How Remote Patient Care is Transforming Our Healthcare System

During the crisis years of the pandemic, consumers changed the way they interacted with the healthcare system. Patients accepted or even demanded remote care options, fearing contagion in hospitals and medical offices.

The changed behaviors of those years have made a lasting impact on the entire medical industry, causing patients to more readily adopt remote care solutions and caregivers and consumers to accept the effectiveness of remote patient monitoring. 

The percentage of consumers using virtual visits increased from 15% in 2019 to 28% in April 2020  in response to the pandemic, and 80% of patients who had a remote doctor visit would repeat the experience.

Among seniors, the numbers are even more striking. According to the U.S. Health and Human Services department, Medicare telehealth visits increased 63-fold from 840,000 in 2019 to 52.7 million in 2020.

What Is Remote Patient Monitoring?

Remote patient monitoring (RPM) is the practice of using technology to monitor patient health outside of a traditional clinical setting. Clinicians use RPM to monitor chronic conditions such as diabetes, hypertension, congestive heart failure, chronic obstructive pulmonary disease, and asthma.

RPM systems transfer vital statistics from a patient to a caregiver and subsequently into the patient’s electronic health record (EHR). Clinicians can use RPM anywhere to monitor patient vitals – in the patient’s home, assisted living facilities, or long-term care (LTC) facilities.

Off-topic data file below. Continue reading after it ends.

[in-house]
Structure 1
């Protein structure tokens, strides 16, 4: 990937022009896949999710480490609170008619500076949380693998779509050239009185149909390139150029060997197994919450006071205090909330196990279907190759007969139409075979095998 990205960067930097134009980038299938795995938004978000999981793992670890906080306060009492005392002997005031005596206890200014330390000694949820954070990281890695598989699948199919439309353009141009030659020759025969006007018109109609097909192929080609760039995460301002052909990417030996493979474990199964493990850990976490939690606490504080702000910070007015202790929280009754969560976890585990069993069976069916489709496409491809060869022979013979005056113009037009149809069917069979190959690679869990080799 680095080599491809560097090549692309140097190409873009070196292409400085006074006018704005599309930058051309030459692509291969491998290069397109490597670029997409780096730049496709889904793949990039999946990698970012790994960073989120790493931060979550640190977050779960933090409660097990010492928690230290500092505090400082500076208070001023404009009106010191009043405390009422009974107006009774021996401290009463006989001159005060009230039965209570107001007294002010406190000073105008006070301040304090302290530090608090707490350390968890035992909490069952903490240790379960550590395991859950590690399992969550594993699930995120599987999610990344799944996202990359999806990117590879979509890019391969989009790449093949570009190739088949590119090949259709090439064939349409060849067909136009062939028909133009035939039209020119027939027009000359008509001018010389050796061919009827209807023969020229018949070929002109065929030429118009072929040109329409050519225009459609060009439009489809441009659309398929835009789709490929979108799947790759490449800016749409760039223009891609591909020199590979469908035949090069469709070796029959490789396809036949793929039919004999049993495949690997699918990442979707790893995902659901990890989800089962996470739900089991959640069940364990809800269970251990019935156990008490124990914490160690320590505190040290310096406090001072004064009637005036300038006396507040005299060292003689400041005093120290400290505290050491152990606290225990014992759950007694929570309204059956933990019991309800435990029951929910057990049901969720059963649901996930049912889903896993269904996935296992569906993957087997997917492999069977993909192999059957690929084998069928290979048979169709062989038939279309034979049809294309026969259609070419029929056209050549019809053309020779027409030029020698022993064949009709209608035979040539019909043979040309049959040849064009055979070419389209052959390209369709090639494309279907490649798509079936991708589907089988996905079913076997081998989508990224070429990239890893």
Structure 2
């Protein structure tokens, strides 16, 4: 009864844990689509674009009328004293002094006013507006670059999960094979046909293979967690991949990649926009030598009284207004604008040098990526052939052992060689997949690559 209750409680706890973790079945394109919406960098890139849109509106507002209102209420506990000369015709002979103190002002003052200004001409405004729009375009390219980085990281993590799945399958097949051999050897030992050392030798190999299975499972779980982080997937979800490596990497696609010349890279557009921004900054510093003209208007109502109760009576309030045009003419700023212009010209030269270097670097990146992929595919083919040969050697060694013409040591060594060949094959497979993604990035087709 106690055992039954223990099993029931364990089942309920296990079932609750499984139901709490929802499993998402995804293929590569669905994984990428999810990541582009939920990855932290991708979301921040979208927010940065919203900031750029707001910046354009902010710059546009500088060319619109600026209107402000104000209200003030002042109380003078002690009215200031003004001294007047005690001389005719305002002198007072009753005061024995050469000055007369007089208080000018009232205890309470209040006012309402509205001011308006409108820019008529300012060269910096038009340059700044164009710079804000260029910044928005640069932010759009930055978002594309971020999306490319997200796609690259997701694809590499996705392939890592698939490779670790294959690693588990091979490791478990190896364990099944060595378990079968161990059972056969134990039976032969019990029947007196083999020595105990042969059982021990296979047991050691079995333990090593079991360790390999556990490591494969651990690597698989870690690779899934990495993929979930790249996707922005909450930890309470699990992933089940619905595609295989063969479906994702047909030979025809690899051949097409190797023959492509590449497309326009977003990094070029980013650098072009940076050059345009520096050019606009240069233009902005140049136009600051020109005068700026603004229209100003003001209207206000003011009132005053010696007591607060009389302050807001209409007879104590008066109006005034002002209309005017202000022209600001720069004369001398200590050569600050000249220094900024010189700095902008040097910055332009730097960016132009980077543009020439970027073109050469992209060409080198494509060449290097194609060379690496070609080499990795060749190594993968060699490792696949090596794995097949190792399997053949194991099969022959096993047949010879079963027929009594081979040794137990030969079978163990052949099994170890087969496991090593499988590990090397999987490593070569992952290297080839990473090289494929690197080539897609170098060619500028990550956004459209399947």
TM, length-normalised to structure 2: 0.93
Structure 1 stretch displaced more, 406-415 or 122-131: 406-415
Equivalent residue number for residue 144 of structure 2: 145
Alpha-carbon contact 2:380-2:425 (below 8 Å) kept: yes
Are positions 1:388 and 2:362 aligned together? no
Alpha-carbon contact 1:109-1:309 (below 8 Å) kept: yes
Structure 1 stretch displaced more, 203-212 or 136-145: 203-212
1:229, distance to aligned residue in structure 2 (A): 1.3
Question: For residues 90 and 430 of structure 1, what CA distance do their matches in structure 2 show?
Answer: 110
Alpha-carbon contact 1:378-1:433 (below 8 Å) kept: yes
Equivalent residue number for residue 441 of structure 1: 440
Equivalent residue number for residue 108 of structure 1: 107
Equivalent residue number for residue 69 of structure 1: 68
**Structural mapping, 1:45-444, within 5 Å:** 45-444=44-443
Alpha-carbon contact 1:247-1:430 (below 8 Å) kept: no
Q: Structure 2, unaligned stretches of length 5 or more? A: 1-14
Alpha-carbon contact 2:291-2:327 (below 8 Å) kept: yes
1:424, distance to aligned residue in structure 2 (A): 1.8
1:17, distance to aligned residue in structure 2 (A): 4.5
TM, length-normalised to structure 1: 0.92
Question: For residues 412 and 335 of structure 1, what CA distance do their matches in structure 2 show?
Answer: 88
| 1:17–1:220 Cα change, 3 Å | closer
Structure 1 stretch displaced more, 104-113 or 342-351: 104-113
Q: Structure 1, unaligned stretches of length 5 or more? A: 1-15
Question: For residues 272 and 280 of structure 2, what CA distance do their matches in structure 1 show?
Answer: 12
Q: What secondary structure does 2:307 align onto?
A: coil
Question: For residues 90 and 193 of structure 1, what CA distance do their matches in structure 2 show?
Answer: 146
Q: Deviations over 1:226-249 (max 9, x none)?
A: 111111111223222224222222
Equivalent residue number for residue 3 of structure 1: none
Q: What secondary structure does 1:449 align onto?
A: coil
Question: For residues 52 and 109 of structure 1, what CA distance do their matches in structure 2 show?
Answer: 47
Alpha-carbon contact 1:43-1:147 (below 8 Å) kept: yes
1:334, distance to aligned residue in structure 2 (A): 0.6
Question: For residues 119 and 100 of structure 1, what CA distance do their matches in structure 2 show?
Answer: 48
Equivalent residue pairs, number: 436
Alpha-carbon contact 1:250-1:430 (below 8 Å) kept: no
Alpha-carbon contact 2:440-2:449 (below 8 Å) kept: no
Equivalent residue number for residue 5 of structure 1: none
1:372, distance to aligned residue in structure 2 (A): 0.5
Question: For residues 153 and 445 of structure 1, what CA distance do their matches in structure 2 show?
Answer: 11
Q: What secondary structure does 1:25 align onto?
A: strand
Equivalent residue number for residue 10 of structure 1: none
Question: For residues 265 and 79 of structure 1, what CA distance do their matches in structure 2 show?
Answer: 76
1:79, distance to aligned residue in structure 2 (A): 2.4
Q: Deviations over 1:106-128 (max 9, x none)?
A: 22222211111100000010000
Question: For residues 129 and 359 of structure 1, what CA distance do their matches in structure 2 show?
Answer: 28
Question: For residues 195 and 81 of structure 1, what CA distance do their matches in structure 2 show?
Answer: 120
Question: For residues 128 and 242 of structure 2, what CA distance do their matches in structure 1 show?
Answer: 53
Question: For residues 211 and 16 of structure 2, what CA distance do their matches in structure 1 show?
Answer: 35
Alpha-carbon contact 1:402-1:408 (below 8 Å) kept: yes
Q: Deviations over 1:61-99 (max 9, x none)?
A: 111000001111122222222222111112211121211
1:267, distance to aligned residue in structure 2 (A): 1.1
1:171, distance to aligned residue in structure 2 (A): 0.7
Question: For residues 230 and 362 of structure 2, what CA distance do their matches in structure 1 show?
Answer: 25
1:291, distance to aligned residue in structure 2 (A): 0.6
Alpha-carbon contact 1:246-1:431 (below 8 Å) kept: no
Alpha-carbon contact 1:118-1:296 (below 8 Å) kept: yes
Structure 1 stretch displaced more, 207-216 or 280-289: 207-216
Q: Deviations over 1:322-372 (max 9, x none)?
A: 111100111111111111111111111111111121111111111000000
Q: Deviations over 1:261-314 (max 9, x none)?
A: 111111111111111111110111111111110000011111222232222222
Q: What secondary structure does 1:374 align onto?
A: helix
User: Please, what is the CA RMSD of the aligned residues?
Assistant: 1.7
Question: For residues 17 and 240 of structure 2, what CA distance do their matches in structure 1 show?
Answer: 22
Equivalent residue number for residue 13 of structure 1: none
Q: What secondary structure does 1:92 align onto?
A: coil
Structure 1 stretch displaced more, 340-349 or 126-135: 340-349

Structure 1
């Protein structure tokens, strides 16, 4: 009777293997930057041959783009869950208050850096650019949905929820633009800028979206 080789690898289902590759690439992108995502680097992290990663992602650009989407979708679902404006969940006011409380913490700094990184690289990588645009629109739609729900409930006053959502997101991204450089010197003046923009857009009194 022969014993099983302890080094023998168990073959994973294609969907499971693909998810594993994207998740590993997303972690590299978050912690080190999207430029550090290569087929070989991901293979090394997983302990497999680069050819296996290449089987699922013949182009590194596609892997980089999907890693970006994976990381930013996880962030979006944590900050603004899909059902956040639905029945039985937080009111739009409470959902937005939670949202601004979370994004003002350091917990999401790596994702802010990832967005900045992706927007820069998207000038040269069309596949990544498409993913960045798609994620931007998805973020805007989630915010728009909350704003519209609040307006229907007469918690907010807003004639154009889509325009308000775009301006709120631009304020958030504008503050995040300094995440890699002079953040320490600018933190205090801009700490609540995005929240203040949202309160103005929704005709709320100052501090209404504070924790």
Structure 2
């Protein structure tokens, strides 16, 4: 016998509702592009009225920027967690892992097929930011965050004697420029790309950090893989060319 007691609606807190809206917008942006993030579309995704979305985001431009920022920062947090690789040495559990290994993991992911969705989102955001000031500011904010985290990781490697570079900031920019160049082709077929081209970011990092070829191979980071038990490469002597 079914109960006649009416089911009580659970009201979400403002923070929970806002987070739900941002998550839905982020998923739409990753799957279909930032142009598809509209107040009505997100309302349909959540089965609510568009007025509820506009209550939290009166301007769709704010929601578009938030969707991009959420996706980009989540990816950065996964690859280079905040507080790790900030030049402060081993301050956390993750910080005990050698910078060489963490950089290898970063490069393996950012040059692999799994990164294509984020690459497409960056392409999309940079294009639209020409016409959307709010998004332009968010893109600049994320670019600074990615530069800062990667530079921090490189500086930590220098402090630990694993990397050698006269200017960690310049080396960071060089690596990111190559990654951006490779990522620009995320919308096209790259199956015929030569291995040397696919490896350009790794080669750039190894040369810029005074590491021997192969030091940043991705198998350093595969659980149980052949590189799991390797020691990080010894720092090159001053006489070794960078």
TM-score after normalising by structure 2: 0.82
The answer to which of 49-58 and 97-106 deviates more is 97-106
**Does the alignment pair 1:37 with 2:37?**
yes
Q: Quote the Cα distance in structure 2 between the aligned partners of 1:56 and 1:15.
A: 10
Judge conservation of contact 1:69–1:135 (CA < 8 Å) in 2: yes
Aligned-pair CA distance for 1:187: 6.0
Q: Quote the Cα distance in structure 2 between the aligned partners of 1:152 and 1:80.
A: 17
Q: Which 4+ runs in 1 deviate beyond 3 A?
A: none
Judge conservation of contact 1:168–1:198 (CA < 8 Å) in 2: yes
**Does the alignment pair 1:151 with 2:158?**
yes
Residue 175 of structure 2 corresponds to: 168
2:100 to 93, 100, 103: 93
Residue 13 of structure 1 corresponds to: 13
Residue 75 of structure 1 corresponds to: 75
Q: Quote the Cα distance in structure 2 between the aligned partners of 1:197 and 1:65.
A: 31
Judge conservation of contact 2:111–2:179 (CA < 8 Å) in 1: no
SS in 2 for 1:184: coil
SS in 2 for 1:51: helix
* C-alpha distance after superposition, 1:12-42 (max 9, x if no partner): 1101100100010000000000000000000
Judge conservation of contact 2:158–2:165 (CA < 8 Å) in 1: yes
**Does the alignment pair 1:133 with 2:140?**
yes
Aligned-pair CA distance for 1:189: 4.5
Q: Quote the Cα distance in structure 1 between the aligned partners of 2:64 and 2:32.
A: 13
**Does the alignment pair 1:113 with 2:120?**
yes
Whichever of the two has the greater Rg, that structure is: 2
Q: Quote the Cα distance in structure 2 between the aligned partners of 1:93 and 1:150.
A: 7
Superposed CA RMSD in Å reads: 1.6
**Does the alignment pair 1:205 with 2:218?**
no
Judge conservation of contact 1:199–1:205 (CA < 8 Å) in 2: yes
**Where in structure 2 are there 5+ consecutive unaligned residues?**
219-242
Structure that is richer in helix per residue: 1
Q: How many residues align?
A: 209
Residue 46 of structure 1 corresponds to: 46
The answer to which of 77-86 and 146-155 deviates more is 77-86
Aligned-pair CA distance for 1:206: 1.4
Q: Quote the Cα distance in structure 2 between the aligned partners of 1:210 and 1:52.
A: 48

Patient Benefits of Remote Patient Monitoring

The benefits of remote patient monitoring systems to patients are undeniable. A recent study found a mortality rate of 26% for patients with COVID-19 without in-home pulse-oximetry monitoring. The rate plummeted to 6% with in-home monitoring. The study further projected that remote monitoring could result in 87% fewer hospitalizations, 77% fewer deaths, and substantially reduce costs.

Most RPM protocols include patient data collection. Instead of time-consuming data entry by a medical practitioner, a patient’s vitals automatically become part of the patient’s EHR. With already-stretched medical staffing, removing the burden of recording vitals saves time that doctors and nurses can use for patient interaction and ensures accuracy.

Continuous monitoring gives caregivers greater insight into a patient’s condition, enabling more granular supervision. RPM also keeps patients more aware. Some of the improved health outcomes attributed to RPM are due to patient education. When patients are more aware of their vital statistics and connected with resources, they can better manage their condition.